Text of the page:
Libya said it will strike back if diehards of slain dictator Moammer Gaddafi were behind deadly clashes in his former bastion of Bani Walid, where confusion reigned Tuesday as to who was behind the unrest.
Five people were killed and several wounded on Monday when fighting erupted in the town, which local officials said began with an attack by supporters of Gaddafi against a base of former rebels.
Those claims were strongly denied by Interior Minister Fawzi Abdelali late Monday, while an AFP correspondent who visited the town the same day said it was unclear who controlled it.
On Tuesday, Abdelali said the reasons for the violence still remained unclear, but added that Libyan forces were ready to strike back if the unrest was indeed triggered by Gaddafi's men in Bani Walid, a town 170 kilometres (110 miles) southeast of Tripoli.
"We do not want to rush," Abdelali told a news conference in Tripoli.
But if the trouble in Bani Walid was due to "remnants of the former regime for political reasons," then the authorities "are capable of striking anyone who dares to harm the security of Libya", he said.
Abdelali said he was still waiting for more information to "assess what really happened and find solutions to the crisis," adding that some reports spoke of a tribal conflict in the town while others blamed Gaddafi loyalists.
"The two ministries (of defence and interior) are capable of taking all necessary steps to maintain security. We are ready," he added.
Abdelali's remarks came after the interim government met earlier Tuesday to discuss the deadly clashes even as other sources said calm had returned to the town on Tuesday.
On Monday, Abdelali had said the clashes erupted due to "internal problems" in Bani Walid.
He told Libyan television that the fighting was linked to "the issue of compensation for those affected by last year's war."
"The information we have from inside the city does not say that there are green flags (hoisted on town buildings) and there is nothing in relation to the former regime," referring to claims made by several other local officials.
Colonel Salem al-Ouaer, a tribal leader from Bani Walid told AFP Tuesday that calm was returning to the town.
"The situation is under control and calm is returning" to the town, he said.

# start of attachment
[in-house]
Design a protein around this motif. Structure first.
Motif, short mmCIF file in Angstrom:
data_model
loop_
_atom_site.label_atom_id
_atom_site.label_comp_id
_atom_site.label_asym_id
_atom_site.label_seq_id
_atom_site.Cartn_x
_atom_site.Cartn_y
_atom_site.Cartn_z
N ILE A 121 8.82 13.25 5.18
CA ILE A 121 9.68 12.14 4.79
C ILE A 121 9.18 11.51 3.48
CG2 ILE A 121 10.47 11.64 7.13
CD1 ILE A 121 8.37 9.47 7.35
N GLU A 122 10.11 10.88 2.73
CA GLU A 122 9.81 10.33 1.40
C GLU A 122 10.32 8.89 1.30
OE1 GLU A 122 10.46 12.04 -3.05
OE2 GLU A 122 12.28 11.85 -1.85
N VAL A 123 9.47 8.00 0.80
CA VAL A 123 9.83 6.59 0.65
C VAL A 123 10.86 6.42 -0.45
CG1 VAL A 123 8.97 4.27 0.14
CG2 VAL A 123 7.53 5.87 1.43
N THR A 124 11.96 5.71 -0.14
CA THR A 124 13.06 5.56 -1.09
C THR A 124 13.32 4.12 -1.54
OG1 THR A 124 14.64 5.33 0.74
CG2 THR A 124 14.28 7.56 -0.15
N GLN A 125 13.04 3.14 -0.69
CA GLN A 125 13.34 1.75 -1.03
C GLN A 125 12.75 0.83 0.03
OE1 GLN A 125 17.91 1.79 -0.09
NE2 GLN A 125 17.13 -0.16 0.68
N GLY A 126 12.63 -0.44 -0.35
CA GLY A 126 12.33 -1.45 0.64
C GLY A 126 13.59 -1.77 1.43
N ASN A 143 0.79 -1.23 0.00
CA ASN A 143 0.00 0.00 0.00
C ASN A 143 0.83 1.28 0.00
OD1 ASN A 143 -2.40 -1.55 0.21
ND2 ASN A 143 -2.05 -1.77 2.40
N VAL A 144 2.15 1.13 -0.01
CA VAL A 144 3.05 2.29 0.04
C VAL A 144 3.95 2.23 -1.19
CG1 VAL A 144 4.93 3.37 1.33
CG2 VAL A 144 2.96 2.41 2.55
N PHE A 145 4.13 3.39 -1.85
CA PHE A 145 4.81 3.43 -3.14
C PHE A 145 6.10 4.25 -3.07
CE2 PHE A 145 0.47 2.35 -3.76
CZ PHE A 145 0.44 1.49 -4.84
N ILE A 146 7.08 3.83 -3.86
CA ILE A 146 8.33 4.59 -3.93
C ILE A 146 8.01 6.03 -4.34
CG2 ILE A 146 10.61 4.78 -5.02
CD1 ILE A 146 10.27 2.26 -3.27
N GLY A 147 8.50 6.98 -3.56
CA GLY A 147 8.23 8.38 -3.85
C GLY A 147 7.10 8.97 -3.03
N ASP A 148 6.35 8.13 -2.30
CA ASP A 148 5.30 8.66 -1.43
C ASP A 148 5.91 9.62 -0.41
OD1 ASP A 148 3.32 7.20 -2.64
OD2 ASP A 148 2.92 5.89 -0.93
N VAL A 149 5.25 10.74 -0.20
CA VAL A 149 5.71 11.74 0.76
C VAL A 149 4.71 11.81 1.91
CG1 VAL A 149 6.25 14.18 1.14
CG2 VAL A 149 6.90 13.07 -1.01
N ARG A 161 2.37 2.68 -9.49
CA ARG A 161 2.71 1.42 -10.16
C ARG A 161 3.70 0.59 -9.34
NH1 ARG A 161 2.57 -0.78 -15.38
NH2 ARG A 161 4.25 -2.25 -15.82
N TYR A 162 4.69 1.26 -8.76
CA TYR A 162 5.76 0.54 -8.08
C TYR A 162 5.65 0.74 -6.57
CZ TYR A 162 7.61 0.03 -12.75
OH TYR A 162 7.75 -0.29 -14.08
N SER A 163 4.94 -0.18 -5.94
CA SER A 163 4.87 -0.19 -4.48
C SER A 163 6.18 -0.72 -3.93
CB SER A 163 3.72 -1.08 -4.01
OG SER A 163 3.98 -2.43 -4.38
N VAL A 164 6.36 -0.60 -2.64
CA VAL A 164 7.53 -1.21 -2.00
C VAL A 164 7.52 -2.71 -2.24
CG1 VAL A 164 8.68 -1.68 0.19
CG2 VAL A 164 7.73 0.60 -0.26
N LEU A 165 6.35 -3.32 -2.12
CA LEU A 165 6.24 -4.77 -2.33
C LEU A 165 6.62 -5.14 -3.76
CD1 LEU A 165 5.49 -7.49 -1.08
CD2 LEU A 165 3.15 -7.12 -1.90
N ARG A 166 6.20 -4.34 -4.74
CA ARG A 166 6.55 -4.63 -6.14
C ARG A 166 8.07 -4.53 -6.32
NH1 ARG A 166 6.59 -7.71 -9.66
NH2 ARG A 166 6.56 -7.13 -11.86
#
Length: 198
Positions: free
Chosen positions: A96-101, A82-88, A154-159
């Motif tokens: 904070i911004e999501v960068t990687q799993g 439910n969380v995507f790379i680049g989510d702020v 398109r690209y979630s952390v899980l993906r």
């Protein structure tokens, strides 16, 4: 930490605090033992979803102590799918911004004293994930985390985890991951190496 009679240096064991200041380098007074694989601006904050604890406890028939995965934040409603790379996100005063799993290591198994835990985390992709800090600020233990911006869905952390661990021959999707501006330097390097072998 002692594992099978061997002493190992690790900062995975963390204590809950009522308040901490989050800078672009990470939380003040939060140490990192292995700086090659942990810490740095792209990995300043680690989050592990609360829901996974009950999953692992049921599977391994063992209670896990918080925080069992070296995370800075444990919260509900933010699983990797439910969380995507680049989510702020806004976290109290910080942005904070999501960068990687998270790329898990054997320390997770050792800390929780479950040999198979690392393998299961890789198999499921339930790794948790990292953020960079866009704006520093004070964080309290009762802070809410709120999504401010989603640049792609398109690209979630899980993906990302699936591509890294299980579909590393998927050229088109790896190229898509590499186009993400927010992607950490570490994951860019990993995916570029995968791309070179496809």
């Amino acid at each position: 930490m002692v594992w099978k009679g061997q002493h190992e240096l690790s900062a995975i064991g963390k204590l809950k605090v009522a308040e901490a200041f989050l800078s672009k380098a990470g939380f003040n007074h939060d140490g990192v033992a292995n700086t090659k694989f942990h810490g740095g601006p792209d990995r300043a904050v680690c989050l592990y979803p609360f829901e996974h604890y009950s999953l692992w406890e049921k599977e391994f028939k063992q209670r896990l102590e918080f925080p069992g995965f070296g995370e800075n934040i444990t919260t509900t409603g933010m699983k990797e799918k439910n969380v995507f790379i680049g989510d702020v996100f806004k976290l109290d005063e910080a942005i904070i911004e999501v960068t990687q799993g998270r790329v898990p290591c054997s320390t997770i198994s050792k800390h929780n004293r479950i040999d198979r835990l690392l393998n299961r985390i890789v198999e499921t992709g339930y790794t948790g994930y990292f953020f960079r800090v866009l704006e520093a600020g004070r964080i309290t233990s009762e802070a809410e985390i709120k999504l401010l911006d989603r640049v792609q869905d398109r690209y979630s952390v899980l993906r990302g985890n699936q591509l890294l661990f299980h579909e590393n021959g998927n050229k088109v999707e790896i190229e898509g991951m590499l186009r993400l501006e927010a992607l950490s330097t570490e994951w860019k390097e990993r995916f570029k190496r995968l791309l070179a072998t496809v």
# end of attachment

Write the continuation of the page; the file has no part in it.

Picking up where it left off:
Ouaer said that representatives of local tribes were holding a meeting to discuss the issue outside Bani Walid with a delegation of tribes from the nearby towns of Zintan and Sabratha.
"What happened yesterday was purely a local conflict," Ouaer said, indicating that the firefight was not caused by supporters of Gaddafi as claimed by other officials on Monday.
He said passage was also secured for those holed up in the former rebel base that was surrounded Monday by what officials claimed were supporters of Gaddafi.
Ouaer said he was in touch with the chief of the ruling National Transitional Council, Mustafa Abdel Jalil, and Defence Minister Osama Juili to "update them of the situation in Bani Walid."
Bani Walid was one of the last pro-Gaddafi bastions to fall in the bloody uprising against Kadhafi.
Its capture was followed days later by the fall of his hometown Sirte in a battle which also led to Gaddafi's killing and marked the "liberation" of Libya.
Monday's firefight follows an outburst of opposition to the NTC in the eastern city of Benghazi last week that prompted council chairman Jalil to warn of possible "civil war" in post-conflict Libya.
Libyan mufti Sadeq al-Ghariani, meanwhile, urged the government to rapidly integrate the former rebels into security forces.
"For the sake of maintaining security in the country ... the government should not delay to integrate them (ex-rebels) because it is a critical time" that the country was undergoing, he said in a fatwa sent by text message.
He also called on the former rebels to "urgently" get integrated into the forces of interior and defence ministries.
The government has plans to rehabilitate about 200,000 former rebels into various fields, including integrating around 50,000 into security services of these ministries.